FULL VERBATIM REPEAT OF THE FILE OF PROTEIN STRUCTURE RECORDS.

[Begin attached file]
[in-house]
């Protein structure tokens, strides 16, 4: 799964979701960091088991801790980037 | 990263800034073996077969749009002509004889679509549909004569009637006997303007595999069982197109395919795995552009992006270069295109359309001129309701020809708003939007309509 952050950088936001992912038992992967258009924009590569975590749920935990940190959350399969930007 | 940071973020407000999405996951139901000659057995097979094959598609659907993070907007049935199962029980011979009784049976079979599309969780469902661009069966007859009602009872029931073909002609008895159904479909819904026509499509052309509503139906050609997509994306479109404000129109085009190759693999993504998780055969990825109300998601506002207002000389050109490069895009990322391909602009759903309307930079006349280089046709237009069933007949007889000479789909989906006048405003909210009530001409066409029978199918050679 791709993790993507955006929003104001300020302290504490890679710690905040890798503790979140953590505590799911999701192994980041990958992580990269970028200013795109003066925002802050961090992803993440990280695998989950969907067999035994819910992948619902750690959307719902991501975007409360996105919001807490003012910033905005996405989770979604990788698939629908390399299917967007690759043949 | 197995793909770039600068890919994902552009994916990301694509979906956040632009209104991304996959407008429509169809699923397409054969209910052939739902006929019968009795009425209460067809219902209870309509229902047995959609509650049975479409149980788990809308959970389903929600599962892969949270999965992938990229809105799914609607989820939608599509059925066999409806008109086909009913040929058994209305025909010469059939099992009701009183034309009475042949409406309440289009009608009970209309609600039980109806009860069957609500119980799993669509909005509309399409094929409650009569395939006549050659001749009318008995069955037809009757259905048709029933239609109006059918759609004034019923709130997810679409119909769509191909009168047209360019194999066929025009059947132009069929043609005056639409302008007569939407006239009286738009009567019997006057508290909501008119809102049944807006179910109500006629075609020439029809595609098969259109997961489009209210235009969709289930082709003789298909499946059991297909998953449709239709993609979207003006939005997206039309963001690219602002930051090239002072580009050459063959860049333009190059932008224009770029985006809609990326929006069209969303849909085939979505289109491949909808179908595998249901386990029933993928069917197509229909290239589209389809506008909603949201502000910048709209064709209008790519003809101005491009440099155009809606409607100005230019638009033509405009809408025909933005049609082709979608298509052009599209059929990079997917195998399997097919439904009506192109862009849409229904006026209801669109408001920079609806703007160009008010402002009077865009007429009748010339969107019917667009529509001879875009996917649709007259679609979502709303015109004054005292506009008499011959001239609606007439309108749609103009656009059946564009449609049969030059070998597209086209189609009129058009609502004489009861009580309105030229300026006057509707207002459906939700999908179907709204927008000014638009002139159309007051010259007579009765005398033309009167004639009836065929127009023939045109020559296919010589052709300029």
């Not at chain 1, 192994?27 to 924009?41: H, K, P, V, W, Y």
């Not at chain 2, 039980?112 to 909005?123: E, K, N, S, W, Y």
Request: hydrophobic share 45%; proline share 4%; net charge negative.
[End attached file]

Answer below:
[in-house]
């Protein structure tokens, strides 16, 4: 799964979701960091088991801790980037 | 990263800034073996077969749009002509004889679509549909004569009637006997303007595999069982197109395919795995552009992006270069295109359309001129309701020809708003939007309509 952050950088936001992912038992992967258009924009590569975590749920935990940190959350399969930007 | 940071973020407000999405996951139901000659057995097979094959598609659907993070907007049935199962029980011979009784049976079979599309969780469902661009069966007859009602009872029931073909002609008895159904479909819904026509499509052309509503139906050609997509994306479109404000129109085009190759693999993504998780055969990825109300998601506002207002000389050109490069895009990322391909602009759903309307930079006349280089046709237009069933007949007889000479789909989906006048405003909210009530001409066409029978199918050679 791709993790993507955006929003104001300020302290504490890679710690905040890798503790979140953590505590799911999701192994980041990958992580990269970028200013795109003066925002802050961090992803993440990280695998989950969907067999035994819910992948619902750690959307719902991501975007409360996105919001807490003012910033905005996405989770979604990788698939629908390399299917967007690759043949 | 197995793909770039600068890919994902552009994916990301694509979906956040632009209104991304996959407008429509169809699923397409054969209910052939739902006929019968009795009425209460067809219902209870309509229902047995959609509650049975479409149980788990809308959970389903929600599962892969949270999965992938990229809105799914609607989820939608599509059925066999409806008109086909009913040929058994209305025909010469059939099992009701009183034309009475042949409406309440289009009608009970209309609600039980109806009860069957609500119980799993669509909005509309399409094929409650009569395939006549050659001749009318008995069955037809009757259905048709029933239609109006059918759609004034019923709130997810679409119909769509191909009168047209360019194999066929025009059947132009069929043609005056639409302008007569939407006239009286738009009567019997006057508290909501008119809102049944807006179910109500006629075609020439029809595609098969259109997961489009209210235009969709289930082709003789298909499946059991297909998953449709239709993609979207003006939005997206039309963001690219602002930051090239002072580009050459063959860049333009190059932008224009770029985006809609990326929006069209969303849909085939979505289109491949909808179908595998249901386990029933993928069917197509229909290239589209389809506008909603949201502000910048709209064709209008790519003809101005491009440099155009809606409607100005230019638009033509405009809408025909933005049609082709979608298509052009599209059929990079997917195998399997097919439904009506192109862009849409229904006026209801669109408001920079609806703007160009008010402002009077865009007429009748010339969107019917667009529509001879875009996917649709007259679609979502709303015109004054005292506009008499011959001239609606007439309108749609103009656009059946564009449609049969030059070998597209086209189609009129058009609502004489009861009580309105030229300026006057509707207002459906939700999908179907709204927008000014638009002139159309007051010259007579009765005398033309009167004639009836065929127009023939045109020559296919010589052709300029």
């Not at chain 1, 192994?27 to 924009?41: H, K, P, V, W, Y």
């Not at chain 2, 039980?112 to 909005?123: E, K, N, S, W, Y």
Request: hydrophobic share 45%; proline share 4%; net charge negative.